- What are the differences in EDI outcomes in MNEs that are doing substantive EDI work vs. MNEs that engage primarily in performative aspects of EDI? What determines employees’ perceptions of employer authenticity for EDI and what are employees’ reactions to perceived inauthenticity across countries?
- How are EDI initiatives in MNEs experienced by target- and non-target employees? What determines whether local employees feel free to voice their concerns and priorities regarding EDI and what are the outcomes associated with this?
- What enables migrant workplace success? What is the combined influence of technical skills, language skills, and cultural competencies and what is the role of organization and societal context? How do migrants deal with in occupational downgrading that is often a part of migrant career transitions? How are organizations engaging with migrant job candidates and those who they hire as employees, and what makes some approaches more successful than others?
Why engage in global work?
- How can MNEs enable global mobility functions to deal with future global threats to health and safety? How can they develop inclusive and equitable strategies to support the long-term health and safety of their global workforce? Do the threats or the responses to these threats differ across cultures?
- Which HR practices /interventions will be most effective in creating mentally healthy workplaces? How do national differences in support for mental health affect the role of HRM in supporting employees across countries?
- What is most important for MNEs to learn from, and to change, as a result of dealing with global crises and threats, whether they are humanitarian, economic, or environmental threats? How do these responses differ in MNEs across countries and cultures?
- What are the costs and benefits of travel restrictions and global immobility for individuals’ health and safety?
- What are the most effective ways to monitor and evaluate MNEs’ progress towards sustainability targets? What is the role of IHRM?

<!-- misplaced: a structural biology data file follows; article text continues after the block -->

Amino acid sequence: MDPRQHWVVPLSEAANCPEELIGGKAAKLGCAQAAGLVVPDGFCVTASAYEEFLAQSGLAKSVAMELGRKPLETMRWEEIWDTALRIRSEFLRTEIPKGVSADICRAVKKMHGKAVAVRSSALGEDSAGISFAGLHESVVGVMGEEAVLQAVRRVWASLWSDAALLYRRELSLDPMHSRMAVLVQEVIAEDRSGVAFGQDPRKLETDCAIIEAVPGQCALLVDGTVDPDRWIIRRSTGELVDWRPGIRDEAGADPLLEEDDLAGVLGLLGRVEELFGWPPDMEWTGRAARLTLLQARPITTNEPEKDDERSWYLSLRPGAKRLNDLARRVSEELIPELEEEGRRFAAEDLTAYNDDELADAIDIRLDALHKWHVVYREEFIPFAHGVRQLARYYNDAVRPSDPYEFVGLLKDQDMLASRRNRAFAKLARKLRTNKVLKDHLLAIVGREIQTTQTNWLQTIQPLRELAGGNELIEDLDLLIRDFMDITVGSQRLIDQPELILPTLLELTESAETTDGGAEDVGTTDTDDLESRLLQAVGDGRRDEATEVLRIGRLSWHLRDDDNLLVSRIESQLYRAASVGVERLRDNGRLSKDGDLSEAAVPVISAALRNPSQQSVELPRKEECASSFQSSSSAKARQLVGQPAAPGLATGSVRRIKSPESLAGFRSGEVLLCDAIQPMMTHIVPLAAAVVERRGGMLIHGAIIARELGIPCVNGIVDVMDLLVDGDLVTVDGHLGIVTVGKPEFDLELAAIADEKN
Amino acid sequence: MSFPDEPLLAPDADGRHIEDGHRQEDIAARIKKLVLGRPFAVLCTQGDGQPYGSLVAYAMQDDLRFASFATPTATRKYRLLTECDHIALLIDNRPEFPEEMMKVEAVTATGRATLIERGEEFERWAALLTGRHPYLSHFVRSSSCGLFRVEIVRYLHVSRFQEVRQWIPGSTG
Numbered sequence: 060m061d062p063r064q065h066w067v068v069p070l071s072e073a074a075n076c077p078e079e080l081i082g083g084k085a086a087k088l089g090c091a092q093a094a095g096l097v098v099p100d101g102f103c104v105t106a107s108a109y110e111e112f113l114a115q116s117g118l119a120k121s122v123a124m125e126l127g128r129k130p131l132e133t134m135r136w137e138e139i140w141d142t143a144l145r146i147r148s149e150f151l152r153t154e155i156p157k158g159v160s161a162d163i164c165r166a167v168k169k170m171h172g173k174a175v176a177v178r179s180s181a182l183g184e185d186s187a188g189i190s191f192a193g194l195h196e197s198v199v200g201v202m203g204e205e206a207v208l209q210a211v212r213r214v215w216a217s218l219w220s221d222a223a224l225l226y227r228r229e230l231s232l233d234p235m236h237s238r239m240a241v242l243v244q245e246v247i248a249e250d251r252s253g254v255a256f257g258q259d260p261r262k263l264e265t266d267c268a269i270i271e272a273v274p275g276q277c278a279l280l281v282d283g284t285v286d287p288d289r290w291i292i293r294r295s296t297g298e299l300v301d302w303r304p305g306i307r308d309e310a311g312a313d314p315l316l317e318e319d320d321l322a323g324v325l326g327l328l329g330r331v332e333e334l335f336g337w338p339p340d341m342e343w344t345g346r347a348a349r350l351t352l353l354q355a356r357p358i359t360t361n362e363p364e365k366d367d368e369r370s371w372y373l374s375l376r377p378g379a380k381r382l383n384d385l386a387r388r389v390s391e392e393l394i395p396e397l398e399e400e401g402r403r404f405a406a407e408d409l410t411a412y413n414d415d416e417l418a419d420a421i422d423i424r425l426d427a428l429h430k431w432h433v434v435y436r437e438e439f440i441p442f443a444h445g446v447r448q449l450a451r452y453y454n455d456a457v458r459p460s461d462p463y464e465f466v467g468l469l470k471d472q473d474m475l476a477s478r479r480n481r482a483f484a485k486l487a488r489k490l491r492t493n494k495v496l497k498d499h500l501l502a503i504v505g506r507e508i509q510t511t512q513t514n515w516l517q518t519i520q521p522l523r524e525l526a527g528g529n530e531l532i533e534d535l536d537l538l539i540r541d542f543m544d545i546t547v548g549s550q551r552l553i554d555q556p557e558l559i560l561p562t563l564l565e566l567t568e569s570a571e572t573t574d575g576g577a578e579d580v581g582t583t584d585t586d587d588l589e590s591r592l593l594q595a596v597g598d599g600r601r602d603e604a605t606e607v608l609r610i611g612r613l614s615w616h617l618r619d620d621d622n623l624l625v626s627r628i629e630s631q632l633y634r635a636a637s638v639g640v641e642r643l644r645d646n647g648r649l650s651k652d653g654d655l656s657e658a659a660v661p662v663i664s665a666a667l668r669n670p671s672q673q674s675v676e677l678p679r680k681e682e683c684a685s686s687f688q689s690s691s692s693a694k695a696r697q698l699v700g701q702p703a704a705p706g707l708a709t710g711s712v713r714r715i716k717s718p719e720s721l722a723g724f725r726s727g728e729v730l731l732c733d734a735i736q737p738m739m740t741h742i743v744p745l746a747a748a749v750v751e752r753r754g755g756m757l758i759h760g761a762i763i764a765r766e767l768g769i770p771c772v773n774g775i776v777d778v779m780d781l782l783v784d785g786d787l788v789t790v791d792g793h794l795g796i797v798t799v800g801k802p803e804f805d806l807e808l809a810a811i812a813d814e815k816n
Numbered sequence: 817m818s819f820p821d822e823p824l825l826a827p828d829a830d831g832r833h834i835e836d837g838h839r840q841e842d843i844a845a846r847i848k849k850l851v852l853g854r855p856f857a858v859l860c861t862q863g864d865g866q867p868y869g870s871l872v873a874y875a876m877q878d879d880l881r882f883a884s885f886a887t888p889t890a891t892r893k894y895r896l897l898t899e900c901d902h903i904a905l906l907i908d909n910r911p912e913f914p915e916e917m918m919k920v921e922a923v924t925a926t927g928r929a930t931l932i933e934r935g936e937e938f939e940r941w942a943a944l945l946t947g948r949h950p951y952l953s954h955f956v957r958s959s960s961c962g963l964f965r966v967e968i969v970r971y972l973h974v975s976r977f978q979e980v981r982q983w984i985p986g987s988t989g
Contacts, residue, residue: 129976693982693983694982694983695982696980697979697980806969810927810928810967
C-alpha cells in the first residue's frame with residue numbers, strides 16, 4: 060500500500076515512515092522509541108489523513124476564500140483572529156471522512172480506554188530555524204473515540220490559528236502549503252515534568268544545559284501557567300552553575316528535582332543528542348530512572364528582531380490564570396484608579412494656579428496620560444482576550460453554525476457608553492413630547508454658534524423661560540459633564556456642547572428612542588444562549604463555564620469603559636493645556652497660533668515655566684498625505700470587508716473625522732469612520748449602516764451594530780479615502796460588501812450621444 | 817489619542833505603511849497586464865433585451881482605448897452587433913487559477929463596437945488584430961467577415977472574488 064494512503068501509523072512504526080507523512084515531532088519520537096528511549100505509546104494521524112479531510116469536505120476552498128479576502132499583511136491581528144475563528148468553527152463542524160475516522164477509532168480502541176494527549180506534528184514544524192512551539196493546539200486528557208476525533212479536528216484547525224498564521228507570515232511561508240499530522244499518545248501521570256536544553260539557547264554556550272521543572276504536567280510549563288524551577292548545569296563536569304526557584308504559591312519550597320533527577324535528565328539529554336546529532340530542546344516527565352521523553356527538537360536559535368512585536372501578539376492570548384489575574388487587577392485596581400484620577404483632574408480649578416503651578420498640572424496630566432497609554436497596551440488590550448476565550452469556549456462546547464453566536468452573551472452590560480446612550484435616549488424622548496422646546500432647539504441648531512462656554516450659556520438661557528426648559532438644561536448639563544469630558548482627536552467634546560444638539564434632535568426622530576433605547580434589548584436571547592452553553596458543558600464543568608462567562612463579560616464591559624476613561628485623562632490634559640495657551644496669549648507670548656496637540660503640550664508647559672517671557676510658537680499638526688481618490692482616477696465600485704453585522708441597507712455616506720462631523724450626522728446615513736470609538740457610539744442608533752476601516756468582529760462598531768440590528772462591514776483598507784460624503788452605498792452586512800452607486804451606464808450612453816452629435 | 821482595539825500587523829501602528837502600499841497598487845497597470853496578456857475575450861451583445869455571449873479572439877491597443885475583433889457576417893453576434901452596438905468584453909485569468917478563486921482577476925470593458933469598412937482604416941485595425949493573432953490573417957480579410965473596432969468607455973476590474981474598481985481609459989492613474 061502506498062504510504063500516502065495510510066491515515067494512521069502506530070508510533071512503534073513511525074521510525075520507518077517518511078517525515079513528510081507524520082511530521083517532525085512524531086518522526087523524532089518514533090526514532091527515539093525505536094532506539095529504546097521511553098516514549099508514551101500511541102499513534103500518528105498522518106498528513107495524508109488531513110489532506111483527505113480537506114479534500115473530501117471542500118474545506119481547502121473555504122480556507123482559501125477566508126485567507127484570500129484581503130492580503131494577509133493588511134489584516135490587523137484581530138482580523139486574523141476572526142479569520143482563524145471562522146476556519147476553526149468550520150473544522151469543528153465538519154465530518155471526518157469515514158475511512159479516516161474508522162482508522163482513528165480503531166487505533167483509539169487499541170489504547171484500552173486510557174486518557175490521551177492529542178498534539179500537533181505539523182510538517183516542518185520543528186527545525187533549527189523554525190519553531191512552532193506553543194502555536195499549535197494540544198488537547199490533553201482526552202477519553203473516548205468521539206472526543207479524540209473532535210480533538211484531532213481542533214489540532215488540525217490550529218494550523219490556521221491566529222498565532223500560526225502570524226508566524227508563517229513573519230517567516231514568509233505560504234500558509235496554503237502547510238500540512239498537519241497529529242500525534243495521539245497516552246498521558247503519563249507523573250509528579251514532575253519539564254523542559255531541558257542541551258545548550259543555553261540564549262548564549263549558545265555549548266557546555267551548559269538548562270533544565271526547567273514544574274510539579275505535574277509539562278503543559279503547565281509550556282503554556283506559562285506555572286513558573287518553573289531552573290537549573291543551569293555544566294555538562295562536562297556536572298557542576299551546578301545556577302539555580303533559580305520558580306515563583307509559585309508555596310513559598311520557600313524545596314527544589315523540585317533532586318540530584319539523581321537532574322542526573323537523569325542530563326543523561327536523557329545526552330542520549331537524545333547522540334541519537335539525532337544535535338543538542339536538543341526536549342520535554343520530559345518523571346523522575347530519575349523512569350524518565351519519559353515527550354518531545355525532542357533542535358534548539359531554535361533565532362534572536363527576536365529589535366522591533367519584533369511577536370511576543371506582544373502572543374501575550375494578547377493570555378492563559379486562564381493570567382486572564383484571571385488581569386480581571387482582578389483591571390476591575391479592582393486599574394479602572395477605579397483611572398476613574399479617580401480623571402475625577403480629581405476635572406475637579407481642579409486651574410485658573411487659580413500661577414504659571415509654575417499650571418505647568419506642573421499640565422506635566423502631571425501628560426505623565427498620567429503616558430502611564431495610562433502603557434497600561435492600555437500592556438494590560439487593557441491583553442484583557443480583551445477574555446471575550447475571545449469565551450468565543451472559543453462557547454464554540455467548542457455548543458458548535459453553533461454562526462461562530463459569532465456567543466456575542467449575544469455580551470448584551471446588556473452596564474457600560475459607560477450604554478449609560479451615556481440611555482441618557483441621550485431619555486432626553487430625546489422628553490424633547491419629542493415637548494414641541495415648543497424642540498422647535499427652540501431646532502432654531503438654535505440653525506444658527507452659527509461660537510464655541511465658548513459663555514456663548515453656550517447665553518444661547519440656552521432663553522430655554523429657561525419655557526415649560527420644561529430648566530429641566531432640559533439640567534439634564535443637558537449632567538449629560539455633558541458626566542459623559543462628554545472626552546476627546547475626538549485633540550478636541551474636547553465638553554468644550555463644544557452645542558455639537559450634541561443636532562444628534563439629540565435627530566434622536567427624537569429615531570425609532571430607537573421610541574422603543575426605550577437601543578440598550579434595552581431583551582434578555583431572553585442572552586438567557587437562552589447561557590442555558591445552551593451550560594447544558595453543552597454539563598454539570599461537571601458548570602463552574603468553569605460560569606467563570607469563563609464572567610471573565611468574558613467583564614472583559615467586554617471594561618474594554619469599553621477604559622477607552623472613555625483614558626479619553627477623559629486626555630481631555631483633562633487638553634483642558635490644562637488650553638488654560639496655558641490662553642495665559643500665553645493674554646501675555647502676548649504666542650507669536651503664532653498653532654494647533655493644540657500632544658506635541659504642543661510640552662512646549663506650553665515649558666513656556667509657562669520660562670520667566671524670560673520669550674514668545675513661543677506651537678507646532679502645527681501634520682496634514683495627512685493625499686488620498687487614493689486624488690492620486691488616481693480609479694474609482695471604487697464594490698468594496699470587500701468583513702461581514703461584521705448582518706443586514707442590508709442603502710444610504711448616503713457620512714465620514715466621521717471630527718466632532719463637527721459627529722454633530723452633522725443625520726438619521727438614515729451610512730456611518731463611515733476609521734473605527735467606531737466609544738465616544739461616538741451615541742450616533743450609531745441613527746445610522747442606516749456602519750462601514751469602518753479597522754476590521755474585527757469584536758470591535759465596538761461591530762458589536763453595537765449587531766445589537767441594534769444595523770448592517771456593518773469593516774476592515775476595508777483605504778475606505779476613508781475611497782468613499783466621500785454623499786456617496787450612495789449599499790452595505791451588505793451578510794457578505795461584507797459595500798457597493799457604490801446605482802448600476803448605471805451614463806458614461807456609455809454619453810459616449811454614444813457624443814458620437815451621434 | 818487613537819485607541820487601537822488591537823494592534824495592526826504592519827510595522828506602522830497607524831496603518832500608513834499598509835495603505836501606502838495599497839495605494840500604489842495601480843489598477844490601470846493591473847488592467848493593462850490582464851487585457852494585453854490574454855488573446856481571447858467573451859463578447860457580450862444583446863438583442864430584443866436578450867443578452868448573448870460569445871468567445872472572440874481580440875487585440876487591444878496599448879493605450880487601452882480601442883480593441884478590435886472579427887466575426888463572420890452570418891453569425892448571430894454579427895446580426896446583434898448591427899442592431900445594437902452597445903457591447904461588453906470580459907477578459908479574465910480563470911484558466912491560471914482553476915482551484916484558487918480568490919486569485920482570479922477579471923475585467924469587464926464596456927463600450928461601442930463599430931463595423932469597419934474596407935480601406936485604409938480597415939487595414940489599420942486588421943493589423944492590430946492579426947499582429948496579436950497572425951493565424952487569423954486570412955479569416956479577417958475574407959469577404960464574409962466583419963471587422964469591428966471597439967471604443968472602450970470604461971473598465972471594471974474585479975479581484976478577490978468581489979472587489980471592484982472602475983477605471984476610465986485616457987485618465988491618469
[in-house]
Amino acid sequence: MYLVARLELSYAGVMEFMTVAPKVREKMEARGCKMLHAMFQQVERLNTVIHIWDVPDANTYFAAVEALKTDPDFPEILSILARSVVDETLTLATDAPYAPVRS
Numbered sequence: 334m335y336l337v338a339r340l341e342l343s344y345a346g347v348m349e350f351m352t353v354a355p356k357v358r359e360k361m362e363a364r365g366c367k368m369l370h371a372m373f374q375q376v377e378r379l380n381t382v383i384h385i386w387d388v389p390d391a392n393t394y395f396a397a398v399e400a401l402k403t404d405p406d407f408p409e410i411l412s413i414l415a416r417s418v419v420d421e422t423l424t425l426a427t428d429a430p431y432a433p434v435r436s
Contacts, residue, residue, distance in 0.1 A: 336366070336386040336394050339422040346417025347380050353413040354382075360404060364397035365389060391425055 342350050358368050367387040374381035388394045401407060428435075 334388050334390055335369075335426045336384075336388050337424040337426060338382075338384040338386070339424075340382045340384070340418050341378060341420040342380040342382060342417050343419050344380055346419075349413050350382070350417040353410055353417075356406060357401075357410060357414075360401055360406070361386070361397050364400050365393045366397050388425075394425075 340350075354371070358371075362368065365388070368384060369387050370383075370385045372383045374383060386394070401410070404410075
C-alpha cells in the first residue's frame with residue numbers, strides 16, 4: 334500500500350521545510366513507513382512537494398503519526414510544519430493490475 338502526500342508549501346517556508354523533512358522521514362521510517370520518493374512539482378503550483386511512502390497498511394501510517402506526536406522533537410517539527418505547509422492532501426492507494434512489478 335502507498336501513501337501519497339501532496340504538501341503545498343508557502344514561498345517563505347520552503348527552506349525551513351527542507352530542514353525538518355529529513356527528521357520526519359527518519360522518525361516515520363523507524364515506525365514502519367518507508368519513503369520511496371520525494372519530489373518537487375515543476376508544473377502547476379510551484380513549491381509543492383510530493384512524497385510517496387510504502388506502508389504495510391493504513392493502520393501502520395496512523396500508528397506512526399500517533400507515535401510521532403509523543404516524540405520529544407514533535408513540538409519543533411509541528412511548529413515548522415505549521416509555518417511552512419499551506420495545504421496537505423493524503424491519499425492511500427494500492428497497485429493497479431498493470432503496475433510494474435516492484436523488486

- How do cultural differences affect employees’ perceptions and responses to MNE sustainability practices? How do MNE sustainability practices influence employee attraction, motivation, and retention?
Deadline, submission process, and workshop
Between August 1 and September 1, 2023, authors should submit their manuscripts online via the Journal of World Business submission system. To ensure that all manuscripts are correctly identified for consideration for this Special Issue, it is important that authors select “VSI: Future of Global Work” when they reach the “Article Type” step in the submission process. All submitted manuscripts will be subject to the Journal of World Business’s double-blind review process.
To help authors develop and improve their papers, the Special Issue editors will organize several workshops. Two will be held virtually in early Spring 2023, in two separate time slots, to accommodate a larger group of interested authors across countries. A workshop will also be organized at a major conference in Summer 2023. The exact dates and times for the workshops will be widely publicized in due time. For more information about this Call for Papers, please contact the Special Issue Editors Mila Lazarova (firstname.lastname@example.org), Paula Caligiuri (email@example.com), David Collings (firstname.lastname@example.org) and Helen De Cieri (Helen.DeCieri@monash.edu)
Caligiuri, P., De Cieri, H., Minbaeva, D., Verbeke, A., & Zimmermann, A. (2020). International HRM insights for navigating the COVID-19 pandemic: Implications for future research and practice. Journal of International Business Studies, 51(5), 697-713.
Casson, M. (2021). International business policy in an age of political turbulence. Journal of World Business, 56(6), 101263, doi:10.1016/j.jwb.2021.101263
Collings, D. G., Nyberg, A. J., Wright, P. M., & McMackin, J. (2021). Leading through paradox in a COVID-19 world: Human resources comes of age. Human Resource Management Journal, 31(4): 819-833
Cooke, F. L. (2018). Concepts, contexts, and mindsets: Putting human resource management research in perspectives. Human Resource Management Journal, 28(1), 1-13.
Doh, J. P. (2015). From the Editor: Why we need phenomenon-based research in international business. Journal of World Business, 50(4), 609-611.
Filatotchev, I., Ireland, R. D., & Stahl, G. K. (2022). Contextualizing Management Research: An Open Systems Perspective. Journal of Management Studies, 59(4), 1036-1056.